A day of firsts. The first time my son was pushed down by another little boy and the first time my little guy threw a temper tantrum in a restaurant.

And I’m still in hiding.

What a terrible feeling it was, to watch my little 16 month old get shoved to the ground by a smug older boy. Right in front of me. He looked up at me, wondering what was going on. Luckily, he didn’t cry or want to retaliate and we recovered (after I told the older boy that we don’t push people down) and quickly went back to playing.

But I still see that look on my little guy’s face. I still feel the mommy bear instincts come raging to the surface when I visualize him getting shoved. I still feel sad that someone would do that. To my son.

And then fast forward an hour. My sweet, innocent, recently victimized little boy decided he didn’t want to leave the play area. And he told me about it. And everyone in the restaurant. Full on crying, screaming, on the floor tantrum. Our first public experience.

And I about died. Of course, people were watching the horror unfold like some kind of after school movie. No amount of counseling or consoling was making a difference. So we left.

And as soon as we leave and are in the car – crickets from the back seat.

Let’s just say that by the time we got home, my nerves and feelings were totally frayed.  I felt like a total failure. I failed to keep my son safe when the older boy pushed him. I failed in trying to quell a temper tantrum. I failed, failed, failed.

I can still feel the eyes of the onlookers on my back. Who knows what they were saying as I carried my crying toddler to the car.

Well, it’s taken a few days but I’ve come to the conclusion that – it doesn’t matter what they were saying. Little ones cry from time to time. Sometimes, they even have a little tantrum. In time, my hope is that I can guide and talk and teach my son about the best way to express himself – but that time is not now. For now, I need to just make sure I don’t lose my cool, and be consistent in the tantrum evacuation procedure.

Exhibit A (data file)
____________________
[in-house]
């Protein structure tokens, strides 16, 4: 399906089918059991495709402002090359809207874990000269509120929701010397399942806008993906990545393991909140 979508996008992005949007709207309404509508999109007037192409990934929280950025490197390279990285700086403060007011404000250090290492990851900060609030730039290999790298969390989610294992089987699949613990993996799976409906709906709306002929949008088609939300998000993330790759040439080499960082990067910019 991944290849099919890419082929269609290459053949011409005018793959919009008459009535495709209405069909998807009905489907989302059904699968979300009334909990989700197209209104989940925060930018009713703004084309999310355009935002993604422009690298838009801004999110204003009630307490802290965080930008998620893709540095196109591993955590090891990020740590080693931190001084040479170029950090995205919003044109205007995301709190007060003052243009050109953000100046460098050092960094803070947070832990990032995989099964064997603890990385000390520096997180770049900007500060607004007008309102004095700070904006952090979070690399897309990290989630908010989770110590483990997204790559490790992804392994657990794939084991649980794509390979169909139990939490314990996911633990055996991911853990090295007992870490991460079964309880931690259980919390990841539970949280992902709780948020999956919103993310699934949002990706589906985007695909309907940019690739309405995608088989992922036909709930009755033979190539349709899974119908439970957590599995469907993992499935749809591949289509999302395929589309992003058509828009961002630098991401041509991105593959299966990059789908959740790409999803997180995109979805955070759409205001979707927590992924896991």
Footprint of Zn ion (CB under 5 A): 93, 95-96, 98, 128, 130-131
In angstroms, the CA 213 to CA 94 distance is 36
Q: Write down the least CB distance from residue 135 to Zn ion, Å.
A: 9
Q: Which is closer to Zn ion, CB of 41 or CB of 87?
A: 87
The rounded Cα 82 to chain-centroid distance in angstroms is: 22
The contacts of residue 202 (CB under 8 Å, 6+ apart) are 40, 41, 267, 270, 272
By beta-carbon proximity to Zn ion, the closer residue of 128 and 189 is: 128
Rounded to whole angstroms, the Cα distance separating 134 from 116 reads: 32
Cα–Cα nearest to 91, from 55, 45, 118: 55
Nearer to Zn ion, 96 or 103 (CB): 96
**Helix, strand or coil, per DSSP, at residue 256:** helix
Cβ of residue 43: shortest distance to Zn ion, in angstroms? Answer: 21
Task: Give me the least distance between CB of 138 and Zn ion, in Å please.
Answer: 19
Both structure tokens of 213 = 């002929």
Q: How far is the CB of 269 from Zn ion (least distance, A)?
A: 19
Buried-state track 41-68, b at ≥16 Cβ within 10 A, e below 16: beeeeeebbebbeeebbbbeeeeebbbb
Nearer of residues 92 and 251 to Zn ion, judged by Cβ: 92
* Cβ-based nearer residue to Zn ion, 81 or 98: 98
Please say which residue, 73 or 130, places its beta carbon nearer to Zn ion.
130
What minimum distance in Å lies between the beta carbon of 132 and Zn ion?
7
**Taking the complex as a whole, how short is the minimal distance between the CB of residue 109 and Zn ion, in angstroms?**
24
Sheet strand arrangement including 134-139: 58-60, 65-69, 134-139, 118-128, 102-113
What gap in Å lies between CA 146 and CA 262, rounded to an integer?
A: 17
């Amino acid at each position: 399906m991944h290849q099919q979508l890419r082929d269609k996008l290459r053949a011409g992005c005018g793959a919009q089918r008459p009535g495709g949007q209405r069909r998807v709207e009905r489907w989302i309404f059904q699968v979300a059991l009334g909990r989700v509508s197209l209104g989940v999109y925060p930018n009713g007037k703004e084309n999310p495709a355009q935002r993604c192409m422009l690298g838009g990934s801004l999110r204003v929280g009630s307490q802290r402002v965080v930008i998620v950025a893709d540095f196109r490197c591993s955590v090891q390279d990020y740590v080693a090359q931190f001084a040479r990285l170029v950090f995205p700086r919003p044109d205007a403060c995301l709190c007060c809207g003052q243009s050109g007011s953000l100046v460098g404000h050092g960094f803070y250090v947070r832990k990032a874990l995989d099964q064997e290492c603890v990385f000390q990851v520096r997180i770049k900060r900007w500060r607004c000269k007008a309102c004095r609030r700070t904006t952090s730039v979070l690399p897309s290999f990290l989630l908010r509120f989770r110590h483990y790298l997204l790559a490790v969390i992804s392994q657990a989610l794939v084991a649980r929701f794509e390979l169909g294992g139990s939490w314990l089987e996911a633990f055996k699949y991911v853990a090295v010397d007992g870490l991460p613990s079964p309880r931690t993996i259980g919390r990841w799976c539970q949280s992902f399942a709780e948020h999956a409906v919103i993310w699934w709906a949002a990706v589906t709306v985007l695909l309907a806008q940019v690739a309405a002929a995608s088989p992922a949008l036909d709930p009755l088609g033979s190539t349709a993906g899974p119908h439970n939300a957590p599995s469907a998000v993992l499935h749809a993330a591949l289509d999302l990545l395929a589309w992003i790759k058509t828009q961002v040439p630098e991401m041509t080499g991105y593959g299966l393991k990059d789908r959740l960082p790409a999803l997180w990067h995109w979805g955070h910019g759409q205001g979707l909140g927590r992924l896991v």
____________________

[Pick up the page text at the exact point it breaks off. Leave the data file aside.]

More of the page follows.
And, I can’t look at the shoving incident as though I didn’t keep my little guy safe. These things will inevitably happen. And while I’ll do everything humanly possible to keep my little guy safe, he’ll have these experiences as he grows up. Even when I’m not there. The best thing I can do is teach him how to respond.

I know – pretty heavy for a lunch at Chick fil A, right? Man, I thought so, too. Too many mommy moments happening in a small amount of time. Too overwhelming – I mean, I didn’t study up on the “being the perfect mom in varying situations” manual before we left. There was no prep time. Maybe all of this is too much for me to handle.

No, that’s just intimidation talking. We can’t let it get us to a place of self-doubt and uneasiness. Parenting is hard. And that’s ok. We are all learning along the way to be better parents, better people. I’m sure I’ll have plenty more …opportunities to learn.

I’ll boldly hold up my “I’m new at this” card and say, “Well, that was a mess. Let’s get ready for tomorrow!”

At least my son wasn’t the only one crying that day. But we wiped our tears and gave each other hugs and ate a fruit snack. And all was ok.

And really, it is all, ok.